ensures that mentoring meetings are frequent enough, and continue long enough, to meet the objectives of the relationship.
Given that most programs implementing this core concept will run an on-site mentoring program, personnel will of course be present during the initial match meeting. However, even programs operating off-site mentoring programs should ensure that personnel are present for the initial match meeting. Some programs may also involve the parents or guardians of children and youth in the initial match meeting.
As referenced in CYD-OST-MENT 1.03, it is often recommended that mentors and mentees meet at least four hours per month, for at least a year.
Personnel should use these check-ins to learn about the activities that occurred during match meetings, the quality of the mentoring relationship, and the impact of the mentoring relationship on both the mentee and mentor, as well as to make sure that the mentoring relationship does not present any safety issues. More frequent monitoring may be necessary if a match is considered to be in jeopardy of premature closing. Programs that have trouble obtaining input from parents or legal guardians may seek input from other involved adults, such as teachers or other school-day personnel.
The program maintains a record of the date, duration, and activities completed at each mentoring meeting.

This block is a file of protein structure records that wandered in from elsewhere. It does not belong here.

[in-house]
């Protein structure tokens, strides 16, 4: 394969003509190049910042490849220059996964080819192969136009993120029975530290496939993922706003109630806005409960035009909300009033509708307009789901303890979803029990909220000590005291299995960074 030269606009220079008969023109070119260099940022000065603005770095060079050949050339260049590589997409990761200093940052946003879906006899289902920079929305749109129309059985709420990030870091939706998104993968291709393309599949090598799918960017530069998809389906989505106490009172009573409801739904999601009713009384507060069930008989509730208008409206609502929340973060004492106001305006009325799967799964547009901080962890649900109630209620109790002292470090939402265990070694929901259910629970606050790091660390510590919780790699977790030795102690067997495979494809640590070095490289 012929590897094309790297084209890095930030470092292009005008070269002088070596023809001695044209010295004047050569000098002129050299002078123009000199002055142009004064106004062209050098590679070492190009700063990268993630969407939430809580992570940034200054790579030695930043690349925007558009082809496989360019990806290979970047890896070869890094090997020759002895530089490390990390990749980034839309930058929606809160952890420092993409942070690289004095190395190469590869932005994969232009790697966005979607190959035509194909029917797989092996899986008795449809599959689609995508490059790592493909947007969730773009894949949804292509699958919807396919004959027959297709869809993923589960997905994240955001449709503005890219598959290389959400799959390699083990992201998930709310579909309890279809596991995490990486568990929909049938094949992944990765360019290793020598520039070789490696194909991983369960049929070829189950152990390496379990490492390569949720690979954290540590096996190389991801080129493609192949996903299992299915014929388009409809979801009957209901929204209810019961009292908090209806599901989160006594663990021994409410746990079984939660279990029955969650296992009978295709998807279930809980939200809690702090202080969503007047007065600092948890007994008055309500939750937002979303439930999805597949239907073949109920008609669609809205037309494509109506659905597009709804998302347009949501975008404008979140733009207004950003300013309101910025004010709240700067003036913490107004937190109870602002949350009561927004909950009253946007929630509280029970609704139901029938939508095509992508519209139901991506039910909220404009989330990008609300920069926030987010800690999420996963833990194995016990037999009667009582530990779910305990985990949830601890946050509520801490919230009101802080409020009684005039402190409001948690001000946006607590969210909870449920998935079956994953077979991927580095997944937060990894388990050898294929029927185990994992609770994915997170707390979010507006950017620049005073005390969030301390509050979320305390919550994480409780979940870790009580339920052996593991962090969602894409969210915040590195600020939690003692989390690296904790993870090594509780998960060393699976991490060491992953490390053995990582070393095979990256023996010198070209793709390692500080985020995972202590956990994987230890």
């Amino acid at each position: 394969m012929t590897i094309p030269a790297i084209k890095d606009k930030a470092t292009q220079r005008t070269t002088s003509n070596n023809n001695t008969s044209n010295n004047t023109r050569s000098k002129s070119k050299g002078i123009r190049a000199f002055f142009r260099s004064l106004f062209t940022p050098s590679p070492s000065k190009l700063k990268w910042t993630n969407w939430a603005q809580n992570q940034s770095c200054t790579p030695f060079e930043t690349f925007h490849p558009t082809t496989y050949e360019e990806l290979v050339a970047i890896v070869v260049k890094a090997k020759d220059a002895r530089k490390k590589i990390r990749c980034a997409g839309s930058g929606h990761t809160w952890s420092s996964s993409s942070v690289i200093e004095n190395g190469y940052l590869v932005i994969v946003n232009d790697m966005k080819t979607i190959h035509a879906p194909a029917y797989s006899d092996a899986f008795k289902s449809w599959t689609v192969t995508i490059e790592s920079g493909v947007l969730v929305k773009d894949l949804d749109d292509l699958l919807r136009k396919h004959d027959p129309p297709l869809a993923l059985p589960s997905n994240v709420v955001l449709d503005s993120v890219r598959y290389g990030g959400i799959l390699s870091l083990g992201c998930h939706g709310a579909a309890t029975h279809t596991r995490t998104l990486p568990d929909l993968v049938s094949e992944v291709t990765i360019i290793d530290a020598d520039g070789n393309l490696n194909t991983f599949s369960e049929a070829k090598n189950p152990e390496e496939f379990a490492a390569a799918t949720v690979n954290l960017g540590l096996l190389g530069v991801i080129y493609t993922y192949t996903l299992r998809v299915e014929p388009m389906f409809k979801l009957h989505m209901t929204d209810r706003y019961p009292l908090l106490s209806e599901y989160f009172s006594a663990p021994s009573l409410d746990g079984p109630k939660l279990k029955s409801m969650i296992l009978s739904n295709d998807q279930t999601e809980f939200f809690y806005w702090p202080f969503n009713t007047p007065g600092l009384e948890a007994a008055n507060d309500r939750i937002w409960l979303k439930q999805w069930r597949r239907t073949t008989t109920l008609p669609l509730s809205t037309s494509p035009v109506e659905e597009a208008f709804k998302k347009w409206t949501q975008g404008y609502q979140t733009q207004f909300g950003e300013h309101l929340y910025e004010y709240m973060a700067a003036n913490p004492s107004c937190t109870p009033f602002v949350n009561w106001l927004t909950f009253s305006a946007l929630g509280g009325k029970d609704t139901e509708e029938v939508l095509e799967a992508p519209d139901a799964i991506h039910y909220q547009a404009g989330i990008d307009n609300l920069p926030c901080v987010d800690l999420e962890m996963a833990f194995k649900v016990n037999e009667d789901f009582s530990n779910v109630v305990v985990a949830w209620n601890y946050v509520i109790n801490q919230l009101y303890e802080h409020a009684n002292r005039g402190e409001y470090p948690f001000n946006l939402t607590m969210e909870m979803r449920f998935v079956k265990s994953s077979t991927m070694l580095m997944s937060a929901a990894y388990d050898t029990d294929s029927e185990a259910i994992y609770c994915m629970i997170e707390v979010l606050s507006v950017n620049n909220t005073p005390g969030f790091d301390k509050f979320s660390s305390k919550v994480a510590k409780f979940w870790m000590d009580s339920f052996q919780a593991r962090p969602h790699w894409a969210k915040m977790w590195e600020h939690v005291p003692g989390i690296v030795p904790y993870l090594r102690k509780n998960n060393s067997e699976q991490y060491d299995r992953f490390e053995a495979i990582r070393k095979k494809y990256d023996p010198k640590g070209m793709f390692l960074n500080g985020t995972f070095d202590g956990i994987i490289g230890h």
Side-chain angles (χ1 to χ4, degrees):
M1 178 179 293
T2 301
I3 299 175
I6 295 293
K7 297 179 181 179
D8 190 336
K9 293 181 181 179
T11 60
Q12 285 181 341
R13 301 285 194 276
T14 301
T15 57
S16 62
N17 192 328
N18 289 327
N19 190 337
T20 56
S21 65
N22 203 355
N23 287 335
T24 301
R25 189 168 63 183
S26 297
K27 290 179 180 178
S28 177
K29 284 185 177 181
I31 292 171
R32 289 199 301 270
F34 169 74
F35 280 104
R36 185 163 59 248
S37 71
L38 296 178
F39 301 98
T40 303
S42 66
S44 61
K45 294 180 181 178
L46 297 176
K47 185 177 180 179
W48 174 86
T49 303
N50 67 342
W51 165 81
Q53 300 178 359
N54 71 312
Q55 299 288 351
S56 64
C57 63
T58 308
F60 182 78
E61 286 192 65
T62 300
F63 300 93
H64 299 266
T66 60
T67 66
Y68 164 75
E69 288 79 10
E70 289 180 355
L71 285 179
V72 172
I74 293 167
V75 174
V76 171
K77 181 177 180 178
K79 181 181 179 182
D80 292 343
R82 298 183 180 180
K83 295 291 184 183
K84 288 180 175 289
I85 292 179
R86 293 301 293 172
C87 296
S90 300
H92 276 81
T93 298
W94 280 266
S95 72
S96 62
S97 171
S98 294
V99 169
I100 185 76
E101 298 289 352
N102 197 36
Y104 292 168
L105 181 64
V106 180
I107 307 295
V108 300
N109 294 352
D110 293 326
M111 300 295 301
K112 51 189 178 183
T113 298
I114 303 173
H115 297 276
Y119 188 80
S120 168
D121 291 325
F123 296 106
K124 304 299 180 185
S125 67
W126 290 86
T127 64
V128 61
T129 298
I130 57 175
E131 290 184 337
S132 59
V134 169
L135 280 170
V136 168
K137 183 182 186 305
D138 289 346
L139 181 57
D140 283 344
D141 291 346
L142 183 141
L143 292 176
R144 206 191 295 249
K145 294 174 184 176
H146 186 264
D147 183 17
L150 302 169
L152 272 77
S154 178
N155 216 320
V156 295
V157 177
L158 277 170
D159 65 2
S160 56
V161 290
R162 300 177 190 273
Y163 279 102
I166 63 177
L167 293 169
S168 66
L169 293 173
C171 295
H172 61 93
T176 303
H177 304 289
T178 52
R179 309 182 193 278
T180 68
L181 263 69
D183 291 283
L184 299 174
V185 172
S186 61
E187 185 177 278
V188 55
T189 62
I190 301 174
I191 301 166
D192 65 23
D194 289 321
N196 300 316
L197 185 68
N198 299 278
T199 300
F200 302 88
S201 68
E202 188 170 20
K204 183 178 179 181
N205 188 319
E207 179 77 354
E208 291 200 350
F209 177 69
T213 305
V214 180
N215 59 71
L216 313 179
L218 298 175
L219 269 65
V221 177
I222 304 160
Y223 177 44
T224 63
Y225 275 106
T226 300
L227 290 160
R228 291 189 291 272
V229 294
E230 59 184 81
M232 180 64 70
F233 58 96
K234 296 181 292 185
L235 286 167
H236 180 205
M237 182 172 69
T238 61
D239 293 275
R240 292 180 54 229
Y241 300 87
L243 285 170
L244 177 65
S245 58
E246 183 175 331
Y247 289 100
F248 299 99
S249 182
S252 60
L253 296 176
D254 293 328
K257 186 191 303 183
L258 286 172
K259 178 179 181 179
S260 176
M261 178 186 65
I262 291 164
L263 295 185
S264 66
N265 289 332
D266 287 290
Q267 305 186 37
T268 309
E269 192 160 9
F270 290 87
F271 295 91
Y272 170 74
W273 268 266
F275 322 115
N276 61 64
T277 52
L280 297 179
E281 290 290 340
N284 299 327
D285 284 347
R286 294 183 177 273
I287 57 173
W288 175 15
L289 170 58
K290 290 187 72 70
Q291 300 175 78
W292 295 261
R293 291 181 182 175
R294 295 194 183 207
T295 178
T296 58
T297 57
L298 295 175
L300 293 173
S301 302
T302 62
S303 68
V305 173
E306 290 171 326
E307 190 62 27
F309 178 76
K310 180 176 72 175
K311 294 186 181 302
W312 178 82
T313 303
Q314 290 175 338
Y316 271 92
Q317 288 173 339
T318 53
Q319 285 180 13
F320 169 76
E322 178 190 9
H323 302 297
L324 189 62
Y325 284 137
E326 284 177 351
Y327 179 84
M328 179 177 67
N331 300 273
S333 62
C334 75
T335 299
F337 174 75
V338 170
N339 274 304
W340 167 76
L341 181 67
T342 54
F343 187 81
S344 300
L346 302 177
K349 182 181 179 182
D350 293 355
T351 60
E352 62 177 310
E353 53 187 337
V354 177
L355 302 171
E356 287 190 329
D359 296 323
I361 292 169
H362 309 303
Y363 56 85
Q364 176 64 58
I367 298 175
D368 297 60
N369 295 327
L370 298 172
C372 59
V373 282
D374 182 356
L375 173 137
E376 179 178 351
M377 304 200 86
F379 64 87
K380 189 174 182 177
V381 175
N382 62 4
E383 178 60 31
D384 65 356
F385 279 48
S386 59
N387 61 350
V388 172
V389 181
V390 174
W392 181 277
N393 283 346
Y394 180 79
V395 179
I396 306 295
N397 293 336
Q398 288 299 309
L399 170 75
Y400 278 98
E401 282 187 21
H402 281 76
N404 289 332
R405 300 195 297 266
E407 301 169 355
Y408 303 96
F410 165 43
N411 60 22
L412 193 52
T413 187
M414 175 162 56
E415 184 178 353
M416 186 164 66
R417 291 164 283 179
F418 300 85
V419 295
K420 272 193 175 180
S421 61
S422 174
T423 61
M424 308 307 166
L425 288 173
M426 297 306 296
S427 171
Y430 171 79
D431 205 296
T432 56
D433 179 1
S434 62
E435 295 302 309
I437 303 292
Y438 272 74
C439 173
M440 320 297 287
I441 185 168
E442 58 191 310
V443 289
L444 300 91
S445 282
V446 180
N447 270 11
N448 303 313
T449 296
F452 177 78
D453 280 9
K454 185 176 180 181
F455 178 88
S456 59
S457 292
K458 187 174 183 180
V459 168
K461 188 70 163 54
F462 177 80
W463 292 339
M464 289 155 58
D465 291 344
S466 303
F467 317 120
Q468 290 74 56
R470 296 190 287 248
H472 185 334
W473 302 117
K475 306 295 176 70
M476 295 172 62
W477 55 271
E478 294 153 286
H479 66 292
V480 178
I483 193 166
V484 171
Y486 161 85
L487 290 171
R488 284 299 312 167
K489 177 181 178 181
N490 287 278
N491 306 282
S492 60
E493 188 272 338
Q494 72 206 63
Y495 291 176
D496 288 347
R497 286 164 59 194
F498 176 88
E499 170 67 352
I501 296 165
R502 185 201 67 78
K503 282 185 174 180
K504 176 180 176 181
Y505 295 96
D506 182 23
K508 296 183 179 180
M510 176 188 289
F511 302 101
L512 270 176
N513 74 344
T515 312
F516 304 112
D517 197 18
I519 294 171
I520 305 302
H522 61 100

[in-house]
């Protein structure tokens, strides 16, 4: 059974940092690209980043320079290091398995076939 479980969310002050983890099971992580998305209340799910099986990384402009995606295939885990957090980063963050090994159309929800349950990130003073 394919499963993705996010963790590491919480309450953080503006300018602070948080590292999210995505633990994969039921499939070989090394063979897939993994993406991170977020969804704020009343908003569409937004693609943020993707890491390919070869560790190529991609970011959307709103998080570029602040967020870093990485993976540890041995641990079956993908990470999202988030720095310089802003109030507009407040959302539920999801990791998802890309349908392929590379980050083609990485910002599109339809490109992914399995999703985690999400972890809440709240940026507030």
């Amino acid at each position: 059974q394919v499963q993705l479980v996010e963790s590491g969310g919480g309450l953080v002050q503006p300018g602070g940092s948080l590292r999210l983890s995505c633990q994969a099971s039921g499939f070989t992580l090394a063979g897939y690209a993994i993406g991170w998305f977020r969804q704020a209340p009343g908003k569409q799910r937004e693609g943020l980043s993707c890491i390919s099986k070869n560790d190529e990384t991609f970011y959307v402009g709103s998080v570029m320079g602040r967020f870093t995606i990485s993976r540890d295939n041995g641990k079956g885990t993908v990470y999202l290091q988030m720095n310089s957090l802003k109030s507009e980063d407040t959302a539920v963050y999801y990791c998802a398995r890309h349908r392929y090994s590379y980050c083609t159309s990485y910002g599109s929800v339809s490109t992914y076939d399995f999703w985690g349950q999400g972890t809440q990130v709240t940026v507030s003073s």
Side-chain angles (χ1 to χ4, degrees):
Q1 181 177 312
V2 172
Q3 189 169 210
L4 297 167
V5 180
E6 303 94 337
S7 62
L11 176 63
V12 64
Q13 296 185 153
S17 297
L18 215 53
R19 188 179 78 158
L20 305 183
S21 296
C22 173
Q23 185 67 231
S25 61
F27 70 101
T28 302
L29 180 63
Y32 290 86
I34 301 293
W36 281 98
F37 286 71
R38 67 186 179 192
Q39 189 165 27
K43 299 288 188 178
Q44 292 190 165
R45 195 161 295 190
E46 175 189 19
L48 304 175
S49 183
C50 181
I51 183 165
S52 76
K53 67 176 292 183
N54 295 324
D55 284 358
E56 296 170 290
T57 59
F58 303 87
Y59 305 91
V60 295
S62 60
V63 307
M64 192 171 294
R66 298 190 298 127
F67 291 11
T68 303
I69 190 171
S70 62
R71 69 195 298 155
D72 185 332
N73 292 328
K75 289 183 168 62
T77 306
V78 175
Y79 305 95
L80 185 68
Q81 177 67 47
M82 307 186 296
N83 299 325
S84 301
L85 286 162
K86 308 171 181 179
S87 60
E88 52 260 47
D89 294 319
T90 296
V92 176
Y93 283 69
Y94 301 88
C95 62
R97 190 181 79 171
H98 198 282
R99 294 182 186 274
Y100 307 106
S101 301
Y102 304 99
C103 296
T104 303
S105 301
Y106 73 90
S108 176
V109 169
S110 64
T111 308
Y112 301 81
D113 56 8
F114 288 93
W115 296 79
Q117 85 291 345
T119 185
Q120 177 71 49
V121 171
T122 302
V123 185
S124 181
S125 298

Mentors should be provided with ongoing support and assistance designed to help them address challenges that may arise in the mentoring relationship. For example, in addition to regular feedback from personnel, mentors might benefit from access to resources such as specialized publications, experienced mentors, or additional training opportunities.
Note: Programs should also be sure to recognize the value of the mentor’s efforts, as addressed in CYD-HR 10.07.
When it is necessary to close a match, personnel:
ensure that the relationship ends in a planned, constructive manner;
meet with mentors to discuss the reasons for, and their feelings about, the closure of the match;
meet with mentees and their families to discuss the reasons for, and their feelings about, the closure of the match;
review rules regarding post-closure contact with all parties, including mentors, mentees, and the families of mentees; and
offer the possibility of re-matching, as appropriate.
It may be necessary to close a match for a variety of reasons including, for example, if the mentor or mentee relocates, if the match is determined to be unsuitable or inappropriate, or if the match is designed to end at a specific time, such as when the school year ends.
Please note that a program’s closure procedures should also address situations where one party (i.e. the mentor, mentee, or family of the mentee) is unwilling or unable to engage in the closure process. While COA recognizes that it may be hard for some programs to engage family members, it will be especially important to involve the mentee’s family if the match is determined to be unsuitable or inappropriate, as opposed to when a match is designed to end at a specific time (e.g., at the end of the school year).
Personnel who manage the mentoring initiative have the competencies needed to:
screen, select, train, support, and supervise mentors;
match children and youth with mentors; and
collaborate effectively with mentees and their parents or legal guardians.
Competency can be demonstrated through a combination of education, training, and experience.